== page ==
We definitely do not want more people coming into the urban areas. We’re looking at the Central Valley, we’re looking at, again, along the coast. And all of these residency slots that have been set up through Physicians for a Healthy California, that disperses the funds that are coming through the UC system, they are set up in family practice, internal medicine, OBGYN pediatrics, which are our primary care, not our specialty services. So we’re working to train more residents, but we still need more slots in order to train everybody that’s going through medical school.
The other thing that we’re trying to do to keep people in California, which is frankly higher cost of living compared to the rest of the country, is that we have physician loan forgiveness. And that’s also through the tobacco tax dollars, we can spend a lot of time talking about that. But again, we’re trying to keep them in those jobs for at least five years, pay off their loans, hopefully they’ll stay where their first job was.
And in order to participate in loan forgiveness, at least 30% of their practice has to be Medi-Cal. Again, we’re looking at the underserved population. I think you’re going to eventually ask questions about “how do we retain women in the workforce,” because even though we’re graduating more women medical students, only one third of our current full-time workforce is women. And I think you’ll get to those questions later on, and we can talk about that for at least half an hour.
AH: Wow. One third, did you just say one third? Wow, that’s really staggering.
TS: Of the full-time workforce. So we can talk about what it is that causes women to change their roles, go less full-time. And there’s many things that our society can do to improve retention of all women.
We saw with COVID, women in all workforces, not just health care, had to stay home to take care of children, to take care of families in a greater percentage than men had to. So the way our society treats child rearing, parenting, elder care, we can definitely have a lot more infrastructure support in our society to keep women working full-time.
AH: Beth, you’re of course with SEIU and have a major role in healthcare. You also have a lot of background in healthcare. You, of course, were with the community major, player in the community clinic. So you have, I’m curious if there’s… Sorry, if someone’s… Perfect. I think it’s solved. Okay. There was a little background noise…. I’m curious if there’s anything else that hasn’t been brought up in terms of really looking at the why and the where, if you think that there’s an important point to bring up.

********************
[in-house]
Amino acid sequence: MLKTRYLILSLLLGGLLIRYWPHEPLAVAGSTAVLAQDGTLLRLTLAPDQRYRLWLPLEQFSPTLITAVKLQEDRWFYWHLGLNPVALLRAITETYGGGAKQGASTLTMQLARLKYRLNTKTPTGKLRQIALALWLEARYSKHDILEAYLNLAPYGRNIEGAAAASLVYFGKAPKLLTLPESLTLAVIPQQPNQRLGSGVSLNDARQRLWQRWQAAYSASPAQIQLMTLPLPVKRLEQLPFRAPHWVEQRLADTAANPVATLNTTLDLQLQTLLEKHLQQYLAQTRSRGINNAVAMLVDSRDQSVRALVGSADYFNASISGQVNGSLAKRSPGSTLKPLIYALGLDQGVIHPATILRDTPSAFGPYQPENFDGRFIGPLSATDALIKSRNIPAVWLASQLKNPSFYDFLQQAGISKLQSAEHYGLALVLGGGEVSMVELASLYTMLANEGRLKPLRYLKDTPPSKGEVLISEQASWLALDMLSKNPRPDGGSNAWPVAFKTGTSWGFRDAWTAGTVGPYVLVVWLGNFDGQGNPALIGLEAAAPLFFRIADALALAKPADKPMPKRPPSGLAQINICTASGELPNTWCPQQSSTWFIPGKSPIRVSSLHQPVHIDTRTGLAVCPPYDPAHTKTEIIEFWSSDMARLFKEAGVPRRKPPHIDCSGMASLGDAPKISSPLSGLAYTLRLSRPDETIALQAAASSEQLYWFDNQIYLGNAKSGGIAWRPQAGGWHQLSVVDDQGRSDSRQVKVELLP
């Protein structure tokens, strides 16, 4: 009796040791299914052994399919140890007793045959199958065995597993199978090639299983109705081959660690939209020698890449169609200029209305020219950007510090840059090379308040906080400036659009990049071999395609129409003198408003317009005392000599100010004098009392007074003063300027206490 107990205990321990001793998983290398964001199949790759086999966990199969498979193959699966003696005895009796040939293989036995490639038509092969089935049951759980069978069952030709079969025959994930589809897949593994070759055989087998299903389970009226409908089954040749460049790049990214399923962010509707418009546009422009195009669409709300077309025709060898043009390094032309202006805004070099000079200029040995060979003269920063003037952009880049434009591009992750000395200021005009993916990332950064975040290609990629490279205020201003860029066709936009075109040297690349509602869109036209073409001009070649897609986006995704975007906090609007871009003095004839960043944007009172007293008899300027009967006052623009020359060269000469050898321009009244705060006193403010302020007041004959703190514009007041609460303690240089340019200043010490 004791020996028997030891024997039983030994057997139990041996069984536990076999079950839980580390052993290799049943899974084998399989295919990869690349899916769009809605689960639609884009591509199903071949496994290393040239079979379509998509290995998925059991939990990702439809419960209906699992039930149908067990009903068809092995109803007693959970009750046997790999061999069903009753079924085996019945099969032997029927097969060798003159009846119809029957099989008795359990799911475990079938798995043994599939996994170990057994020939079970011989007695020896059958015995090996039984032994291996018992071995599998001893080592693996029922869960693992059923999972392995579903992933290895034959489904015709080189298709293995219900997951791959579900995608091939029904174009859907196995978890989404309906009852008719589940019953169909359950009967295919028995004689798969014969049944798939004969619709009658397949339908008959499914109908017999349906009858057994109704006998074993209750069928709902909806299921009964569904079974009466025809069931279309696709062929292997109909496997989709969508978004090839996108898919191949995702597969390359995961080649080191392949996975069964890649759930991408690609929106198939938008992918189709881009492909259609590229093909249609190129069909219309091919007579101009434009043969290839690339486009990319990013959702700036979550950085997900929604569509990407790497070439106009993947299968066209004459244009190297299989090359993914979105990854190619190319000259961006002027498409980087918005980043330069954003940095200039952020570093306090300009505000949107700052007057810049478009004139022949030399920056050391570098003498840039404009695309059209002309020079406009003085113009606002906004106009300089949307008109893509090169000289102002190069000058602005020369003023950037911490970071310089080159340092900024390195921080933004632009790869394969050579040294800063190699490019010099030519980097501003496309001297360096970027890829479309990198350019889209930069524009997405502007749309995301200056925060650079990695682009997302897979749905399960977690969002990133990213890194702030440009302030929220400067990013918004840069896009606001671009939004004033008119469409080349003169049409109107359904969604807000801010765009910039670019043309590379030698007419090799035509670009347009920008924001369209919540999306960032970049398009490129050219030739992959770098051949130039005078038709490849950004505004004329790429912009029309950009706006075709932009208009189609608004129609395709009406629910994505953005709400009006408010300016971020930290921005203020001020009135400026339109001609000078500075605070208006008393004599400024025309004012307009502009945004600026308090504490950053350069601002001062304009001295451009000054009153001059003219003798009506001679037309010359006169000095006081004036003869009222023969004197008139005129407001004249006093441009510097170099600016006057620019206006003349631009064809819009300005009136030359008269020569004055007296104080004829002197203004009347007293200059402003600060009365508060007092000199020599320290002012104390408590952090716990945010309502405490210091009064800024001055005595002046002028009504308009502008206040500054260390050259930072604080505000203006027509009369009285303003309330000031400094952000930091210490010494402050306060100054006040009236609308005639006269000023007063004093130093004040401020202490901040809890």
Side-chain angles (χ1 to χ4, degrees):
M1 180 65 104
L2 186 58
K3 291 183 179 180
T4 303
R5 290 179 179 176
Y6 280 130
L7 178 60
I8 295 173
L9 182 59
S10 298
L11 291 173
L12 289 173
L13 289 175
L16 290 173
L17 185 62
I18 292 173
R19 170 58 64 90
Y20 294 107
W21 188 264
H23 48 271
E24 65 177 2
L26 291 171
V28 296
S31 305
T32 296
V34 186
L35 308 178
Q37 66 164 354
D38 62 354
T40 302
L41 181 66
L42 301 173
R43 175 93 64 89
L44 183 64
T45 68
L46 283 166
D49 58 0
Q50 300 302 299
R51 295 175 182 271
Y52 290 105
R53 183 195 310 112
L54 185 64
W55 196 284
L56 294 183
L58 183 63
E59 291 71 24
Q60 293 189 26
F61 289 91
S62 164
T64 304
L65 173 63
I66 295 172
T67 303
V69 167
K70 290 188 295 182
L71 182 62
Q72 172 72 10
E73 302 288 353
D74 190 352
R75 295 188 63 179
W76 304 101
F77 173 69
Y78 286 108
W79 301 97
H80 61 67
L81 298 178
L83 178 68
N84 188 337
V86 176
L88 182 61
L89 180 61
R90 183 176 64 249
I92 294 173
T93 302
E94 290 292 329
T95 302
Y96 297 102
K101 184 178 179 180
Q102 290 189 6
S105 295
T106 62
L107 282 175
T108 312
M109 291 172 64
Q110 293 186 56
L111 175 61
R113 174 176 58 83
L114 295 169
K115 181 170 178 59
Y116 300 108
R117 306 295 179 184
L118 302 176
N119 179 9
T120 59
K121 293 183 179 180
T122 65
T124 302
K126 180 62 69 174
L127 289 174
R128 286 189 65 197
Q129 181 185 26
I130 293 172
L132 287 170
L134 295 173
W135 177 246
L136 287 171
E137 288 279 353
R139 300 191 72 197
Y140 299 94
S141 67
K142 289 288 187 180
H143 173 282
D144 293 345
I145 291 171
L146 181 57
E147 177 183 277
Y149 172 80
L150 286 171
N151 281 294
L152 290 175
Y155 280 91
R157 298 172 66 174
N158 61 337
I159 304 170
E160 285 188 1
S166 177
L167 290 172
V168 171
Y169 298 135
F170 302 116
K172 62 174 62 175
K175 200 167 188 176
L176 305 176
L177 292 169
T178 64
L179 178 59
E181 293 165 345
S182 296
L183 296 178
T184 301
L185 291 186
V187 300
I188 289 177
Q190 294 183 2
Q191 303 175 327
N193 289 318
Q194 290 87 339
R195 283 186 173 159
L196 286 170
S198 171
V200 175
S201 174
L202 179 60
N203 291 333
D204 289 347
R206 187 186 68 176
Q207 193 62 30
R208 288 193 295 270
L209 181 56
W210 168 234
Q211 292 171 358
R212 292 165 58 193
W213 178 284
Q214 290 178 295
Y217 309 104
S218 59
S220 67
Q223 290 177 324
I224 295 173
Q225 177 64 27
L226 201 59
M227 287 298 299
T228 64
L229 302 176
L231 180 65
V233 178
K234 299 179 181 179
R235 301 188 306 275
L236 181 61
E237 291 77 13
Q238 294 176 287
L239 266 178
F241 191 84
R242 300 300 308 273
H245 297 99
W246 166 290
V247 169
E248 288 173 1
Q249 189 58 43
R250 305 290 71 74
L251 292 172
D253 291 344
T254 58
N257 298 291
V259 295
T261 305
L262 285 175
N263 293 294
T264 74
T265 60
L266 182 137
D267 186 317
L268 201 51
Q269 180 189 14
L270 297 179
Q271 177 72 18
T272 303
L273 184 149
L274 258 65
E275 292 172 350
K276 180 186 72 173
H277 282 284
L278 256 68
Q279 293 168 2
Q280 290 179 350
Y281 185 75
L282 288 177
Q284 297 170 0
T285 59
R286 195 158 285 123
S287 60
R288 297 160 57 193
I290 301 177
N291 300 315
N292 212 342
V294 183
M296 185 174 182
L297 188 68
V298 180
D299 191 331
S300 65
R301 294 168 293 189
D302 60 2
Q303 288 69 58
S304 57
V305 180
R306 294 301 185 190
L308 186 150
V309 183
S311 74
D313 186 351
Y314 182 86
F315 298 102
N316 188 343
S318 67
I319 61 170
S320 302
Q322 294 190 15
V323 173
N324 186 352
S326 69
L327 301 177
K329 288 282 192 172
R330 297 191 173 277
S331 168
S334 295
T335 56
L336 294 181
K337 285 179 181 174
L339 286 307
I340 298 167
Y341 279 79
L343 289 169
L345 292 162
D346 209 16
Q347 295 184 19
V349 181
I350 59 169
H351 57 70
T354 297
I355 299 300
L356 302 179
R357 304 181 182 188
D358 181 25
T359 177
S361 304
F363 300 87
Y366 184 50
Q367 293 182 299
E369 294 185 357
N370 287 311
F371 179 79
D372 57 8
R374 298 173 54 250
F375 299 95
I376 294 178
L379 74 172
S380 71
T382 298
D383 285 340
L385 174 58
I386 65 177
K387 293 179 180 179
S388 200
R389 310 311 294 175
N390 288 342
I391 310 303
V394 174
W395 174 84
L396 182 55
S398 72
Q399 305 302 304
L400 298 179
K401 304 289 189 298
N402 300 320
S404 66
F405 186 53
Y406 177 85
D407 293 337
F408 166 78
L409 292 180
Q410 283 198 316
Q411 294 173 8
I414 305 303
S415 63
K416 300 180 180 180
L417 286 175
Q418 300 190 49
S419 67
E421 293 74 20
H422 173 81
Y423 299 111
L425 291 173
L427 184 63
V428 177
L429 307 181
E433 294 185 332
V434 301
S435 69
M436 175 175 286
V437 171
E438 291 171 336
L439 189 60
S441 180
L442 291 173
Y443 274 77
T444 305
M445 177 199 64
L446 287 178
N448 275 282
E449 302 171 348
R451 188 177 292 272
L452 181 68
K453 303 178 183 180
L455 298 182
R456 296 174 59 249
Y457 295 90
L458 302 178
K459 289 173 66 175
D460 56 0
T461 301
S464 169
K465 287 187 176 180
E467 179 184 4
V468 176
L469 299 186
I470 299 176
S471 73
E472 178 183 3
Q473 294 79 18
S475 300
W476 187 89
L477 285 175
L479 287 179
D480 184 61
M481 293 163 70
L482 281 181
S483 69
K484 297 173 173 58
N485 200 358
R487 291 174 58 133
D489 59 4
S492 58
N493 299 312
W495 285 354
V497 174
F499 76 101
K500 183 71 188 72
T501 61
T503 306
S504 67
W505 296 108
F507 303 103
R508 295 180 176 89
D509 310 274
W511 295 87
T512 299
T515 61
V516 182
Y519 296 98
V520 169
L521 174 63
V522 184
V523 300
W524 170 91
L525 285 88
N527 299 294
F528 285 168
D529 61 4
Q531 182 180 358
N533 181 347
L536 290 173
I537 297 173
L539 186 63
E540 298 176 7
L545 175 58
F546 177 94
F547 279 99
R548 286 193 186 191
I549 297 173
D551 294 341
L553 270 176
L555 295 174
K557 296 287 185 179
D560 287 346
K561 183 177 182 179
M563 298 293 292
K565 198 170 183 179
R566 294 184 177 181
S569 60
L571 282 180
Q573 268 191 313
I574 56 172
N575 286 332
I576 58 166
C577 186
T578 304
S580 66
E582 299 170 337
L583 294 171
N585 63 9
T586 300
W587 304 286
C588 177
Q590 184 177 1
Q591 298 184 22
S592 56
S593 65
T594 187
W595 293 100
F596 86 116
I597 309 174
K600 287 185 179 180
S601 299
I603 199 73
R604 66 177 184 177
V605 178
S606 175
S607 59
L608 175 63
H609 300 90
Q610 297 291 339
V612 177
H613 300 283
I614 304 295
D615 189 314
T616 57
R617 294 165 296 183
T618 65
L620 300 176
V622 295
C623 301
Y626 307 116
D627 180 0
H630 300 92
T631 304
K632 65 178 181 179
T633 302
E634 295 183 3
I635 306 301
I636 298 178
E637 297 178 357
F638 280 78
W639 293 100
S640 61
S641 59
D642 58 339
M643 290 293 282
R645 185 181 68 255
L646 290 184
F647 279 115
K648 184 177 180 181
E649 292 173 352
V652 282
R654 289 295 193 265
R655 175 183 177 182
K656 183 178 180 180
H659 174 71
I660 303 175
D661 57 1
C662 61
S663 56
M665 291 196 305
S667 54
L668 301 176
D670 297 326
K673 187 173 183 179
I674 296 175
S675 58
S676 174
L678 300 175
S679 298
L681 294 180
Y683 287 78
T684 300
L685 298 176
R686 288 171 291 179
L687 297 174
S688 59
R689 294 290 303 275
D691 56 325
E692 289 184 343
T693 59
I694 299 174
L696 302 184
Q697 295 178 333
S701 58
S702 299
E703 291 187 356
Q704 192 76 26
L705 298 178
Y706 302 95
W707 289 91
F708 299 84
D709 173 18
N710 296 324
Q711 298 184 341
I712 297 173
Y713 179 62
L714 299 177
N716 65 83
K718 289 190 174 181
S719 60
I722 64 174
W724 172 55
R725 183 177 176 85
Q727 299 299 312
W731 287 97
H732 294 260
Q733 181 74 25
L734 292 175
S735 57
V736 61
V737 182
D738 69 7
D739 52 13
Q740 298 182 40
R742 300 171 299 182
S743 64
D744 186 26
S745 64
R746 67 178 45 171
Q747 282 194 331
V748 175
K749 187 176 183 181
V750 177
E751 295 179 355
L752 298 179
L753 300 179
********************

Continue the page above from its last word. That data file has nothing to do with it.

BETH MALINNOWSKI: Really appreciate it. And I want to start by acknowledging, I really agree with the comments made by those that have spoken already. And I’m going to offer you a broader perspective a little bit. So SEIU, we’re proud to represent everyone from future physicians that are interns and residents to IHSS and home care providers, health care workers really in every setting, spectrum of care from clinics to nursing homes and acute care hospitals. And nationally SEIU represents roughly 1 million health care workers. We have a lot to say in this space and would agree with the preface today that women are really the backbone of our health care workforce. And certainly one of the areas we have to take particular focus attention isn’t the space of the physician workforce where as acknowledged, we’re sitting between a third and a quarter of the workforce being women.
I want to offer maybe some additional and initial thoughts on that why. Why do we see some of the challenges of both growing our workforce, which of course we need to do, but also making sure we’re maintaining our existing workforce, especially as it relates to women. And if we take a step back as Tanya was starting to do and think about some of the policy environment that brought us to where we are today, one thing for us to acknowledge is across health care professions, we’ve historically not had the same supports that other more male dominated professions have had, such as construction. So we actually think about…
AH: What kind of supports… Sorry about that, just what kind of supports come to mind?
BM: Yeah, let’s talk about that a little bit. So when we think about construction, we think about the trades. We think about an area of work where you had paid apprenticeship programs. And that really encouraged that person who’s seen as historically the breadwinner for the household to be able to get paid while getting training, and also have a clear guide-way into their future employment.
And historically, we’ve really not had that in health care. We’re starting to see it both federal and state dollars in the past five to 10 years have started to shift that conversation, and certainly when you look at the physician workforce, you do see some funding for our residents and interns. More globally in health care this has been a major challenge that I think we are still needing to overcome. And so that’s an area of both federal and state policy where we can make a difference.